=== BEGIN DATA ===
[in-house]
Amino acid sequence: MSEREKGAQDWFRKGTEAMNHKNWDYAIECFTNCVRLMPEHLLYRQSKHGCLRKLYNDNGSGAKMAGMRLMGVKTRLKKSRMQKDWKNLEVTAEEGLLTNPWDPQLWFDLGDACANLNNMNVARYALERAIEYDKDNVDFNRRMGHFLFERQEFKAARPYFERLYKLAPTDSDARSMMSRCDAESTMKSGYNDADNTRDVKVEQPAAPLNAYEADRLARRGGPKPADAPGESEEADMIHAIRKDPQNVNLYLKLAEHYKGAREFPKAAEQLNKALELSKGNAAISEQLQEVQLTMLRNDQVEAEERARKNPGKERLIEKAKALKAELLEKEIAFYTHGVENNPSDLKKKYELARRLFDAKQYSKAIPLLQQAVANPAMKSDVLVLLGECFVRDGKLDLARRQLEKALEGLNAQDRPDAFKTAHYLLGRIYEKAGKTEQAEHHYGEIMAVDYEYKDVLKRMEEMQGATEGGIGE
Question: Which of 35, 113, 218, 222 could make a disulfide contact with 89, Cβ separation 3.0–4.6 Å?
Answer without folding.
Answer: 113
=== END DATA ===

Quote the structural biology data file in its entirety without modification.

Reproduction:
[in-house]
Amino acid sequence: MSEREKGAQDWFRKGTEAMNHKNWDYAIECFTNCVRLMPEHLLYRQSKHGCLRKLYNDNGSGAKMAGMRLMGVKTRLKKSRMQKDWKNLEVTAEEGLLTNPWDPQLWFDLGDACANLNNMNVARYALERAIEYDKDNVDFNRRMGHFLFERQEFKAARPYFERLYKLAPTDSDARSMMSRCDAESTMKSGYNDADNTRDVKVEQPAAPLNAYEADRLARRGGPKPADAPGESEEADMIHAIRKDPQNVNLYLKLAEHYKGAREFPKAAEQLNKALELSKGNAAISEQLQEVQLTMLRNDQVEAEERARKNPGKERLIEKAKALKAELLEKEIAFYTHGVENNPSDLKKKYELARRLFDAKQYSKAIPLLQQAVANPAMKSDVLVLLGECFVRDGKLDLARRQLEKALEGLNAQDRPDAFKTAHYLLGRIYEKAGKTEQAEHHYGEIMAVDYEYKDVLKRMEEMQGATEGGIGE
Question: Which of 35, 113, 218, 222 could make a disulfide contact with 89, Cβ separation 3.0–4.6 Å?
Answer without folding.
Answer: 113